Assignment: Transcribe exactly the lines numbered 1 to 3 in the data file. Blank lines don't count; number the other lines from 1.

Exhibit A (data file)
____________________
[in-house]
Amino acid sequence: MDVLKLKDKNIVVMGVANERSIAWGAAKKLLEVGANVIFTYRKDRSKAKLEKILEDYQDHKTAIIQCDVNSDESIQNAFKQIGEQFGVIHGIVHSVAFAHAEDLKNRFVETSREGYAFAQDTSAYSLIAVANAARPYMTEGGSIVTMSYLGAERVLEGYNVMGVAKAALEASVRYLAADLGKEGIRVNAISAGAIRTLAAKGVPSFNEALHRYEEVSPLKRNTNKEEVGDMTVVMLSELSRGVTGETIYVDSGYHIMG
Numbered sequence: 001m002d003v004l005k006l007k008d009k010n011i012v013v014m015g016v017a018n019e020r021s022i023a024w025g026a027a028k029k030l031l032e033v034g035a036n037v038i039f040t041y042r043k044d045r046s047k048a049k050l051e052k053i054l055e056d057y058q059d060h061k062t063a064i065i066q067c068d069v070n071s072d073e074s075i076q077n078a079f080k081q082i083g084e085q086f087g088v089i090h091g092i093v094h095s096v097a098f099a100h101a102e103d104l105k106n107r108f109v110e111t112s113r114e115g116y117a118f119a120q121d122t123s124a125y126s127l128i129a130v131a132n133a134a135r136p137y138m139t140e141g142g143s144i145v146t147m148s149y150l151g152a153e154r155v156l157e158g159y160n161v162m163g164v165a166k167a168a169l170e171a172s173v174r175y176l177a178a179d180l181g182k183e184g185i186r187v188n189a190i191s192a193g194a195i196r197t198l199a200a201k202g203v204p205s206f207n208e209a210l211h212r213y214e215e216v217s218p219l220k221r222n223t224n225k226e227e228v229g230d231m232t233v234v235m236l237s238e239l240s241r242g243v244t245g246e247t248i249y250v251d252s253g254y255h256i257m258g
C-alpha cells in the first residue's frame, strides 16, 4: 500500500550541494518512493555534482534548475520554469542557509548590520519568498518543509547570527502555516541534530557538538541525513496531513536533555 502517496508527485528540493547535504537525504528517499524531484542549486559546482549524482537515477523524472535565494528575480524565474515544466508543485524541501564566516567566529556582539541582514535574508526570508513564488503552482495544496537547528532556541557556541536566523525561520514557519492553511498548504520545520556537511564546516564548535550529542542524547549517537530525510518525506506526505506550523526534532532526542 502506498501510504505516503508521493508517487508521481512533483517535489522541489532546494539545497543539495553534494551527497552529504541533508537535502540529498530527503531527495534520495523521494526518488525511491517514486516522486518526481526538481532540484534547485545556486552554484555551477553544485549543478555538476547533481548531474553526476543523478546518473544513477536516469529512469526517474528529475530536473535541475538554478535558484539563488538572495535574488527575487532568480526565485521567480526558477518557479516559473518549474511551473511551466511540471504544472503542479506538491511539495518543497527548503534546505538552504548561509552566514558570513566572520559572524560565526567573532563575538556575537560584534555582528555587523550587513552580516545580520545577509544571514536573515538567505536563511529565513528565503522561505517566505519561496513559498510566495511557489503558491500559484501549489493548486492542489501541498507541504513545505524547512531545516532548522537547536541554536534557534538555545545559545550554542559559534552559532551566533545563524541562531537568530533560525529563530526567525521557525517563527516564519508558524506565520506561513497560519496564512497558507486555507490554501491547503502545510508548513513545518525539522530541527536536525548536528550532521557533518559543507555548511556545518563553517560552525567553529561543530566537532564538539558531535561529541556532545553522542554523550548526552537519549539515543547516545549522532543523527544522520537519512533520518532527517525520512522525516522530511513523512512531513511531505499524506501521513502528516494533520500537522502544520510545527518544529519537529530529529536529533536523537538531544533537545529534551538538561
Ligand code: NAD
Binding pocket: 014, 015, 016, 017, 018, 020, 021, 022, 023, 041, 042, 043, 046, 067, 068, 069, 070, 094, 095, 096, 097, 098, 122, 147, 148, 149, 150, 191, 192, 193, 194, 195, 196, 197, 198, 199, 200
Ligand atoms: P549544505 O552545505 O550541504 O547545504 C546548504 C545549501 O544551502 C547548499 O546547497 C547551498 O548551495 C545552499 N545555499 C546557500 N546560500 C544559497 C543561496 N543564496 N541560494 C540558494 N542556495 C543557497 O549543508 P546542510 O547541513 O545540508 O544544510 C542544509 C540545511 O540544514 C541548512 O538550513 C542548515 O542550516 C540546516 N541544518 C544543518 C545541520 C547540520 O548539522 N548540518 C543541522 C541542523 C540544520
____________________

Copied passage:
[in-house]
Amino acid sequence: MDVLKLKDKNIVVMGVANERSIAWGAAKKLLEVGANVIFTYRKDRSKAKLEKILEDYQDHKTAIIQCDVNSDESIQNAFKQIGEQFGVIHGIVHSVAFAHAEDLKNRFVETSREGYAFAQDTSAYSLIAVANAARPYMTEGGSIVTMSYLGAERVLEGYNVMGVAKAALEASVRYLAADLGKEGIRVNAISAGAIRTLAAKGVPSFNEALHRYEEVSPLKRNTNKEEVGDMTVVMLSELSRGVTGETIYVDSGYHIMG
Numbered sequence: 001m002d003v004l005k006l007k008d009k010n011i012v013v014m015g016v017a018n019e020r021s022i023a024w025g026a027a028k029k030l031l032e033v034g035a036n037v038i039f040t041y042r043k044d045r046s047k048a049k050l051e052k053i054l055e056d057y058q059d060h061k062t063a064i065i066q067c068d069v070n071s072d073e074s075i076q077n078a079f080k081q082i083g084e085q086f087g088v089i090h091g092i093v094h095s096v097a098f099a100h101a102e103d104l105k106n107r108f109v110e111t112s113r114e115g116y117a118f119a120q121d122t123s124a125y126s127l128i129a130v131a132n133a134a135r136p137y138m139t140e141g142g143s144i145v146t147m148s149y150l151g152a153e154r155v156l157e158g159y160n161v162m163g164v165a166k167a168a169l170e171a172s173v174r175y176l177a178a179d180l181g182k183e184g185i186r187v188n189a190i191s192a193g194a195i196r197t198l199a200a201k202g203v204p205s206f207n208e209a210l211h212r213y214e215e216v217s218p219l220k221r222n223t224n225k226e227e228v229g230d231m232t233v234v235m236l237s238e239l240s241r242g243v244t245g246e247t248i249y250v251d252s253g254y255h256i257m258g